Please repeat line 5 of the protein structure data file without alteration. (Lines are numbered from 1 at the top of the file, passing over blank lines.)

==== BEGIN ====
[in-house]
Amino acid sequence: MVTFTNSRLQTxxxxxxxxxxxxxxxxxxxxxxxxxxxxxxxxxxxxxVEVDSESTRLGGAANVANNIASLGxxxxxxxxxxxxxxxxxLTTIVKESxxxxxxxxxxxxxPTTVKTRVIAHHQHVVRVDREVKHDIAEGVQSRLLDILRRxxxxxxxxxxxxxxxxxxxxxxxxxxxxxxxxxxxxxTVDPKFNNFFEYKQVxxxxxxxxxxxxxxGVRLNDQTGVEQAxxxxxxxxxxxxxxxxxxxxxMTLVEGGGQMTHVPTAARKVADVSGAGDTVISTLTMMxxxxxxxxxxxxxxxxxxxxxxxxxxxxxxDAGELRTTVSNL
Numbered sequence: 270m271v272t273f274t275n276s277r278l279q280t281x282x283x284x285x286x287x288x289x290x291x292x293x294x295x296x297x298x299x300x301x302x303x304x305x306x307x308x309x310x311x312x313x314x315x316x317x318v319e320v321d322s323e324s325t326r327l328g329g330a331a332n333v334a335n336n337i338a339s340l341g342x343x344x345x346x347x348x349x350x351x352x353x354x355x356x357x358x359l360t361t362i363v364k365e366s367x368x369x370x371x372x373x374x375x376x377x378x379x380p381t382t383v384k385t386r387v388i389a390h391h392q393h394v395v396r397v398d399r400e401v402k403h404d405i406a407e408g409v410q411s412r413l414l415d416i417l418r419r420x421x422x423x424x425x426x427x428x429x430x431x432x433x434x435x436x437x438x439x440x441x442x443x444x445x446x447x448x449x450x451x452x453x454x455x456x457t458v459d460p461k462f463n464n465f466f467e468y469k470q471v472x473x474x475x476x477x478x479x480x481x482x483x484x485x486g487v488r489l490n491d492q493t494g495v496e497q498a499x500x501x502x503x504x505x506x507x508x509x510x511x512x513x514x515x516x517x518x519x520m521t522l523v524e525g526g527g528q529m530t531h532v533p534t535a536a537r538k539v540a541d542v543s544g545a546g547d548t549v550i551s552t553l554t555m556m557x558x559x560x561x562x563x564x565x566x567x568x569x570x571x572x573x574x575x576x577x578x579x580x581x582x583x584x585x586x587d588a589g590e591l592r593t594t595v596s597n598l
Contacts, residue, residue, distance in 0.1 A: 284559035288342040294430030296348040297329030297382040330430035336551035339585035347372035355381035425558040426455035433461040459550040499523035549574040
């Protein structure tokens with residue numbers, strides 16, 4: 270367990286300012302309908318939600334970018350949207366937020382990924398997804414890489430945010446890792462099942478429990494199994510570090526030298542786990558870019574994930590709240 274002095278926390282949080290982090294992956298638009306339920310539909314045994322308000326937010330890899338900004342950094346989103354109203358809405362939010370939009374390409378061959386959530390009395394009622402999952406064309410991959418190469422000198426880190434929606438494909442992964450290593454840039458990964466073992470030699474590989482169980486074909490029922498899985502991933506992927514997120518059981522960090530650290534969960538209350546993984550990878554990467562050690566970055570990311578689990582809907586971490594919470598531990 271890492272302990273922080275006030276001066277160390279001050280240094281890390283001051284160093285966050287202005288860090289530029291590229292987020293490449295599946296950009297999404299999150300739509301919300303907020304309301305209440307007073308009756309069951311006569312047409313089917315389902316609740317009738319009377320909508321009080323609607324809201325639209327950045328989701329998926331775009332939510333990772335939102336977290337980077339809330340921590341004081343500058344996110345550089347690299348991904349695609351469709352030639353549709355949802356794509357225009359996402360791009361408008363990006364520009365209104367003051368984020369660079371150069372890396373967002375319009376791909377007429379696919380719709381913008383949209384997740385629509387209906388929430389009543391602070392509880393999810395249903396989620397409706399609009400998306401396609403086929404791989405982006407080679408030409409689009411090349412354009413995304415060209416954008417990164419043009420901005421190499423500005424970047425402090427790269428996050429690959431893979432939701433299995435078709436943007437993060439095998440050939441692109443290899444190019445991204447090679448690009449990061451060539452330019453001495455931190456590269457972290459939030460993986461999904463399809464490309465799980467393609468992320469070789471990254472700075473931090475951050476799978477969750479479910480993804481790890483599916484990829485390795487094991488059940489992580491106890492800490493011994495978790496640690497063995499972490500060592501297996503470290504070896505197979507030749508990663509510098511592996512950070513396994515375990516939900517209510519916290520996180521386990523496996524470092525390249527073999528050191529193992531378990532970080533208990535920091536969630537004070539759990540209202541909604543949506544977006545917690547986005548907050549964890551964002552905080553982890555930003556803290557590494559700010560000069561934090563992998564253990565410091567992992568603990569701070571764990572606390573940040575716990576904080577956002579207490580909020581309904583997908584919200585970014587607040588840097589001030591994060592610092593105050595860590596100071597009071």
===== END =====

């Protein structure tokens with residue numbers, strides 16, 4: 270367990286300012302309908318939600334970018350949207366937020382990924398997804414890489430945010446890792462099942478429990494199994510570090526030298542786990558870019574994930590709240 274002095278926390282949080290982090294992956298638009306339920310539909314045994322308000326937010330890899338900004342950094346989103354109203358809405362939010370939009374390409378061959386959530390009395394009622402999952406064309410991959418190469422000198426880190434929606438494909442992964450290593454840039458990964466073992470030699474590989482169980486074909490029922498899985502991933506992927514997120518059981522960090530650290534969960538209350546993984550990878554990467562050690566970055570990311578689990582809907586971490594919470598531990 271890492272302990273922080275006030276001066277160390279001050280240094281890390283001051284160093285966050287202005288860090289530029291590229292987020293490449295599946296950009297999404299999150300739509301919300303907020304309301305209440307007073308009756309069951311006569312047409313089917315389902316609740317009738319009377320909508321009080323609607324809201325639209327950045328989701329998926331775009332939510333990772335939102336977290337980077339809330340921590341004081343500058344996110345550089347690299348991904349695609351469709352030639353549709355949802356794509357225009359996402360791009361408008363990006364520009365209104367003051368984020369660079371150069372890396373967002375319009376791909377007429379696919380719709381913008383949209384997740385629509387209906388929430389009543391602070392509880393999810395249903396989620397409706399609009400998306401396609403086929404791989405982006407080679408030409409689009411090349412354009413995304415060209416954008417990164419043009420901005421190499423500005424970047425402090427790269428996050429690959431893979432939701433299995435078709436943007437993060439095998440050939441692109443290899444190019445991204447090679448690009449990061451060539452330019453001495455931190456590269457972290459939030460993986461999904463399809464490309465799980467393609468992320469070789471990254472700075473931090475951050476799978477969750479479910480993804481790890483599916484990829485390795487094991488059940489992580491106890492800490493011994495978790496640690497063995499972490500060592501297996503470290504070896505197979507030749508990663509510098511592996512950070513396994515375990516939900517209510519916290520996180521386990523496996524470092525390249527073999528050191529193992531378990532970080533208990535920091536969630537004070539759990540209202541909604543949506544977006545917690547986005548907050549964890551964002552905080553982890555930003556803290557590494559700010560000069561934090563992998564253990565410091567992992568603990569701070571764990572606390573940040575716990576904080577956002579207490580909020581309904583997908584919200585970014587607040588840097589001030591994060592610092593105050595860590596100071597009071």